Rainforests cover less than 2 percent of Earth's total surface area, but are home to 50 percent of Earth's plants and animals. The Amazon rainforest alone contains around 10 percent of the world's known species. Yet, around 17% of the Amazon forest has been lost in the last 50 years, mostly due to forest conversion for cattle farms. The second biggest rainforest region is found in the Indonesian archipelago and Papua New Guinea, where it is mostly palm oil plantations that are the cause of deforestation. Thousands of species disappear every single year because of the rainforest destruction. Replanting trees may be good to absorb more CO2, but it won't bring back to life extinct species.
Like all economic activities, things do not just happen magically. Money has to come from somewhere and that is where banks play their role. Many big banks have no scruples financing ecocide, so far in all impunity. It's time it changed and the best way for change to occur is if customers take matters in their own hands and boycott the bad players who lack an ecological conscience.
Banks are actively fund climate change by supporting new projects of coal, oil and gas extraction around the world. Often this has direct ecological consequences too, like the extraction of petrol in the heart of the Amazon.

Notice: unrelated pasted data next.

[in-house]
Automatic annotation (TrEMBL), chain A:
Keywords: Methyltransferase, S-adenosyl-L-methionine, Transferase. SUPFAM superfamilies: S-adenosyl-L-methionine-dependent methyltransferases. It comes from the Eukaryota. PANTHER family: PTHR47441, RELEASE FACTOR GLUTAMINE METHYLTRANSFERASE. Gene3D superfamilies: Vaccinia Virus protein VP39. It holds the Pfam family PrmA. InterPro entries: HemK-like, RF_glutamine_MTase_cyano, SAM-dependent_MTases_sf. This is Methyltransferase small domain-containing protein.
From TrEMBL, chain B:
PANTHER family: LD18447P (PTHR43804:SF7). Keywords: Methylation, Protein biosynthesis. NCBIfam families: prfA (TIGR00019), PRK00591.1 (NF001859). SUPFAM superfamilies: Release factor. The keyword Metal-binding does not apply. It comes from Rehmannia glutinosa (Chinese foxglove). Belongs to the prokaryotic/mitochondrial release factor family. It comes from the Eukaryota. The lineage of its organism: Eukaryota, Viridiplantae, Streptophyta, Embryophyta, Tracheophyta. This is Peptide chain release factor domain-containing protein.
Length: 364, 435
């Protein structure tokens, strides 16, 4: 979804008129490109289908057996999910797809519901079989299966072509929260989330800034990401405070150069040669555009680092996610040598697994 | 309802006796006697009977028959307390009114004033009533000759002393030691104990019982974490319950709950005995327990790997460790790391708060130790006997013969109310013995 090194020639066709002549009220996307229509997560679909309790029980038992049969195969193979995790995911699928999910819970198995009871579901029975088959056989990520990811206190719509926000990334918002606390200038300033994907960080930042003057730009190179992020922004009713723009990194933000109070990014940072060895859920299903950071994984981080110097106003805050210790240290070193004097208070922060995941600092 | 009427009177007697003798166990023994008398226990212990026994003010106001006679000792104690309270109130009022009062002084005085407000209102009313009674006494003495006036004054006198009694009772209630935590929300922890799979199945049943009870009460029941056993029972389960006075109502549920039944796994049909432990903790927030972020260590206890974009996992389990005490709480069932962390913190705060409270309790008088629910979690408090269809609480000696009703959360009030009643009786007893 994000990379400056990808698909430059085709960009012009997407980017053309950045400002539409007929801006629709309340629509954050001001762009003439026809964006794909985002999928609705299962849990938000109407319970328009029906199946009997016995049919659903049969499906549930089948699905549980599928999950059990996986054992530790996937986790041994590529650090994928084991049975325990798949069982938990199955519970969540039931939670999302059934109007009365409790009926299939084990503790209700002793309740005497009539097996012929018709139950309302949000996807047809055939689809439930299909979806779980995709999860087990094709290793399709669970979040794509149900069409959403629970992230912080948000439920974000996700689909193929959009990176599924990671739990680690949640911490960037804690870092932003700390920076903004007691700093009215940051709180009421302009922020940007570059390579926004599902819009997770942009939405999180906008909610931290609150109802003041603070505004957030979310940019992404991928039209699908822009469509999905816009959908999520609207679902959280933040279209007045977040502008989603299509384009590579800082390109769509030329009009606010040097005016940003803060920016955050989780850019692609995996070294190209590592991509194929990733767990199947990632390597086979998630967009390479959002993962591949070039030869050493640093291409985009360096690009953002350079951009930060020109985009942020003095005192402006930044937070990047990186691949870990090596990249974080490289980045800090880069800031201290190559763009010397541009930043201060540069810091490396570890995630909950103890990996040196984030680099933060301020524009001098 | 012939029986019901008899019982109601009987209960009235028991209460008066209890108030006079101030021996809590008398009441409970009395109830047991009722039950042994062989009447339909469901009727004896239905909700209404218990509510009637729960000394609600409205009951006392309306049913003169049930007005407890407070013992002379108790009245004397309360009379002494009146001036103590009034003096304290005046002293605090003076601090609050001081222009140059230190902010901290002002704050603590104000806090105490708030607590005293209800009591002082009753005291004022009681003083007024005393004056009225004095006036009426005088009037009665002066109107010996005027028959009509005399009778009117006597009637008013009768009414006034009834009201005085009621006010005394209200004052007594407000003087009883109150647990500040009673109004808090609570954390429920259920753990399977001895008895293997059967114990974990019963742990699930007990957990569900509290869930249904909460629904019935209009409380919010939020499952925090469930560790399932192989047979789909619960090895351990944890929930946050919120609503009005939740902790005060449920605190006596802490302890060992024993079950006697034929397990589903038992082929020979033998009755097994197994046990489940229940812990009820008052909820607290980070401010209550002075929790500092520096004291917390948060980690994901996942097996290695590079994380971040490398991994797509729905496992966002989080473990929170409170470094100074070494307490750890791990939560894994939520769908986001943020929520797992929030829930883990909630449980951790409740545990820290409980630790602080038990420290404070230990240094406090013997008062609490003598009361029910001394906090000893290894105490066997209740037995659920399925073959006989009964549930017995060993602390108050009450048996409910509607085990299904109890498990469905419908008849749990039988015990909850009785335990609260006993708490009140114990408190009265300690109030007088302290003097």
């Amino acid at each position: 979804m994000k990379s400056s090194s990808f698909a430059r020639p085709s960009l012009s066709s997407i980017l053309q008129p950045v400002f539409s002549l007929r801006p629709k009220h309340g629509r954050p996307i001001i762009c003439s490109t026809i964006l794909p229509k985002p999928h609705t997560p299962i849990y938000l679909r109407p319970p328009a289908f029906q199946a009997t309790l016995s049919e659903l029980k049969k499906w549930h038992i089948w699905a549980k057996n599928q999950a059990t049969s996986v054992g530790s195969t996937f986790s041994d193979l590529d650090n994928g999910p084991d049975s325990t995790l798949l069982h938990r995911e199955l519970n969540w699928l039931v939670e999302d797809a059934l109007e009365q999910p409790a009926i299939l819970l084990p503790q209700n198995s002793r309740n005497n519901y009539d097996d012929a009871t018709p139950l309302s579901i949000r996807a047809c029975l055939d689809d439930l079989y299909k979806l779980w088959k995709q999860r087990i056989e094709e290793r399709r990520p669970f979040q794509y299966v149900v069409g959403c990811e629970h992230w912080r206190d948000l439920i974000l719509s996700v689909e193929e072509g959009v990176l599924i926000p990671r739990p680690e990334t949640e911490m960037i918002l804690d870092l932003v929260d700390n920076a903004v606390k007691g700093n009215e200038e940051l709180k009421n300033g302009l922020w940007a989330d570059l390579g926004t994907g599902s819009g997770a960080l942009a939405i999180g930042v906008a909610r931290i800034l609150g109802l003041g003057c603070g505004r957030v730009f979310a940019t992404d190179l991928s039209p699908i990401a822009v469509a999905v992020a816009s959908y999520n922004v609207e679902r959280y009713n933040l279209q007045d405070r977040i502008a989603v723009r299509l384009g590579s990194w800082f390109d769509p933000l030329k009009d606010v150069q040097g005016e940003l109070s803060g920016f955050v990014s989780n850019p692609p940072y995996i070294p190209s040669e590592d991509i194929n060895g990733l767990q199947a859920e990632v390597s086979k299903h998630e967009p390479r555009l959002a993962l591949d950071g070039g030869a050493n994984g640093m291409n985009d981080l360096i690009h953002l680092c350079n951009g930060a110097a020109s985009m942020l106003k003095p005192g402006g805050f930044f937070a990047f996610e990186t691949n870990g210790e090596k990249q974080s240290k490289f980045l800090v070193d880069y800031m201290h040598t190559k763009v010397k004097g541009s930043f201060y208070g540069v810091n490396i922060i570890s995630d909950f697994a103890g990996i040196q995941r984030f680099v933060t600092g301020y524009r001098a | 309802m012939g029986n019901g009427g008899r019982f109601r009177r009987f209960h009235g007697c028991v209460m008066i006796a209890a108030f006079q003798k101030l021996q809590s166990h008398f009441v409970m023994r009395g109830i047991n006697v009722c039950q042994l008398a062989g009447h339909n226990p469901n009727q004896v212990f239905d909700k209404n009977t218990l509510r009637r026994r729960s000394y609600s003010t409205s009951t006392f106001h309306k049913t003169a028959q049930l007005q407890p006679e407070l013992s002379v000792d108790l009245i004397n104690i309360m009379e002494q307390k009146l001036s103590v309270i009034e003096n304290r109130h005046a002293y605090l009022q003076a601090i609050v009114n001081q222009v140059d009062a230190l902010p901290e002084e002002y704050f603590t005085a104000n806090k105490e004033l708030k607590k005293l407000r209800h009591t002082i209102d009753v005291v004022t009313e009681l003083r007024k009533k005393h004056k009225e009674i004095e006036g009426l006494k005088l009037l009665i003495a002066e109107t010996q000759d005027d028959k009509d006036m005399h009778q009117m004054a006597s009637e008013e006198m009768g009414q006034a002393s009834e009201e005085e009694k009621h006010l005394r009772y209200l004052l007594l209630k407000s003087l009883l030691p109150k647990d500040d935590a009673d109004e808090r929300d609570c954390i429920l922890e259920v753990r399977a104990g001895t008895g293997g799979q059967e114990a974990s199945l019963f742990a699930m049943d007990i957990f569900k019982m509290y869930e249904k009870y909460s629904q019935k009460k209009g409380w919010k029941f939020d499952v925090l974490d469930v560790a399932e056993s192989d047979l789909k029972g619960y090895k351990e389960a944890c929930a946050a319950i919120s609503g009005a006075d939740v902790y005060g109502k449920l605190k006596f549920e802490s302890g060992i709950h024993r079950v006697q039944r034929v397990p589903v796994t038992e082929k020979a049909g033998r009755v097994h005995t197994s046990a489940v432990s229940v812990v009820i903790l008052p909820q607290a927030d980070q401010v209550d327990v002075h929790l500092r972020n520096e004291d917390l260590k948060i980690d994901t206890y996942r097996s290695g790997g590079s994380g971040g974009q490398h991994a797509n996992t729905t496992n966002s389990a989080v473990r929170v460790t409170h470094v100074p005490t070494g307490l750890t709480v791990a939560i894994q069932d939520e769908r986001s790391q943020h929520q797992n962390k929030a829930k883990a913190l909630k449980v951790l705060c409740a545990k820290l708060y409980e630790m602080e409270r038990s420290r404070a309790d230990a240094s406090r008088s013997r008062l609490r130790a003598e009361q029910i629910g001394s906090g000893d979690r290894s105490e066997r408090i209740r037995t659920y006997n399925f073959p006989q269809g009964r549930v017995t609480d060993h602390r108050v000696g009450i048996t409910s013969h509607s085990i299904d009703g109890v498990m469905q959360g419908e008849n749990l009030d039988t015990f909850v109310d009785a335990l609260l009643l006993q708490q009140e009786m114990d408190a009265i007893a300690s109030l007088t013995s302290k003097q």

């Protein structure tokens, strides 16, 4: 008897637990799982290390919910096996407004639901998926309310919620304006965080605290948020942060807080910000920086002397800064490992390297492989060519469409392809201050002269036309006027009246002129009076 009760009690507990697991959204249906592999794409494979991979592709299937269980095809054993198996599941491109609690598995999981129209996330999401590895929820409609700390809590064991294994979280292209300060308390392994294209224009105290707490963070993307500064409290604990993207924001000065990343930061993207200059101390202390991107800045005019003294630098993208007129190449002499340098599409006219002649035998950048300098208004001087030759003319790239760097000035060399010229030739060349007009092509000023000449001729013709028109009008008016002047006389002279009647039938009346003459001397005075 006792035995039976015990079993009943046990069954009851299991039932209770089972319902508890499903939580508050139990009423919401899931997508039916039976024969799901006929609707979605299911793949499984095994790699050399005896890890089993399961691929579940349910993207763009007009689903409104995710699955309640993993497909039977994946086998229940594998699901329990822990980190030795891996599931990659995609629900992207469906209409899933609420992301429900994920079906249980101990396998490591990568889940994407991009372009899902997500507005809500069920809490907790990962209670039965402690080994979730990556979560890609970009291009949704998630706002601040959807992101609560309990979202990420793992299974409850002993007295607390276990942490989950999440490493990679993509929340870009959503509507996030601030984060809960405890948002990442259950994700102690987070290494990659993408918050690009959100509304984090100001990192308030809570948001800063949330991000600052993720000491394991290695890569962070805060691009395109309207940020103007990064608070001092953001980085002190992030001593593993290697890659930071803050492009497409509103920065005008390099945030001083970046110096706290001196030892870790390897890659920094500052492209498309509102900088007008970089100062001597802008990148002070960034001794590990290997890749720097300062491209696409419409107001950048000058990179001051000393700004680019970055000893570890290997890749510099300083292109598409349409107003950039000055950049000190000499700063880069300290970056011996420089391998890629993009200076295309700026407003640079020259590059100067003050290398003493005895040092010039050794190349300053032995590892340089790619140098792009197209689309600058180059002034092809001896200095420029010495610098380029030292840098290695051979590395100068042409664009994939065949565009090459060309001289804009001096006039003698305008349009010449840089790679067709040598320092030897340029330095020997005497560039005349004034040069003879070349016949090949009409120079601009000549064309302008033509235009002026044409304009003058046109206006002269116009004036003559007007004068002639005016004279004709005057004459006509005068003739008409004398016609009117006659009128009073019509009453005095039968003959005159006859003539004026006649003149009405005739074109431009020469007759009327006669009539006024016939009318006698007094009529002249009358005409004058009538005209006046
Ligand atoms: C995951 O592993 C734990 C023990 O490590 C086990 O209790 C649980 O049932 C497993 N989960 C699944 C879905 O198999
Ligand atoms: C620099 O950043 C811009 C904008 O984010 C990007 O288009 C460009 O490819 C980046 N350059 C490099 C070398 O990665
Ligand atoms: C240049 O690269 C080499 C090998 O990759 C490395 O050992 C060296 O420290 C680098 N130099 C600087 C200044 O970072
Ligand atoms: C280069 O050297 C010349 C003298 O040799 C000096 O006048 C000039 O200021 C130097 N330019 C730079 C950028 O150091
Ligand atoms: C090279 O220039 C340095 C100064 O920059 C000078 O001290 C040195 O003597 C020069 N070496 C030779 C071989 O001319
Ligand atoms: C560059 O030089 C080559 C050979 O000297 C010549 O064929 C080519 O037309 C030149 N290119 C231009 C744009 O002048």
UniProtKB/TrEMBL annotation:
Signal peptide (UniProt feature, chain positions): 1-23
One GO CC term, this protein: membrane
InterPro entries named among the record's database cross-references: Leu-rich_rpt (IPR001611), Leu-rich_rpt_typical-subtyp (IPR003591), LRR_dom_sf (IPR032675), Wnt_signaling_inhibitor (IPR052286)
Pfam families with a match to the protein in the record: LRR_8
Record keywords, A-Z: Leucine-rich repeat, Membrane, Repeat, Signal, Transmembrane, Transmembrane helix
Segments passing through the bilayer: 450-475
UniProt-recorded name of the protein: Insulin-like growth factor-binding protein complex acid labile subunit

Almost all major Chinese and Brazilian banks are involved in rainforest destruction and the extraction of fossil fuels and are not listed here so as not to clog the page. The ratings below are for developed economies only (Europe, USA, Canada, Australia, New Zealand, Singapore and Japan). If your bank is not in the two lists below, then in all likelihood it is not involved in the finance of climate change or deforestation, or at least not in a significant scale. Anybody concerned about global warming, the burning of the Amazon forest, the destruction of various tropical rainforest and the associated loss of biodiversity should ideally not invest their money, get loans, register a credit card, or generally do business with any of the banks mentioned below. Otherwise you become complicit. There are plenty of alternatives.
Banks & investers financing the destruction of the world's rainforests
The following ranking takes into account three indices.
Stand.Earth's report Banking on Amazon Destruction (2021) : How European and U.S. banks fund the oil and gas industry despite environmental and social risks driving the Amazon over the brink.
The Forest 500 ratings (2020) for financial institutions assessed for their impact on global tropical deforestation. The rating takes into account the companies' involvement in or potential exposure to forest risk commodity supply chains and their influence within the political economy of tropical deforestation.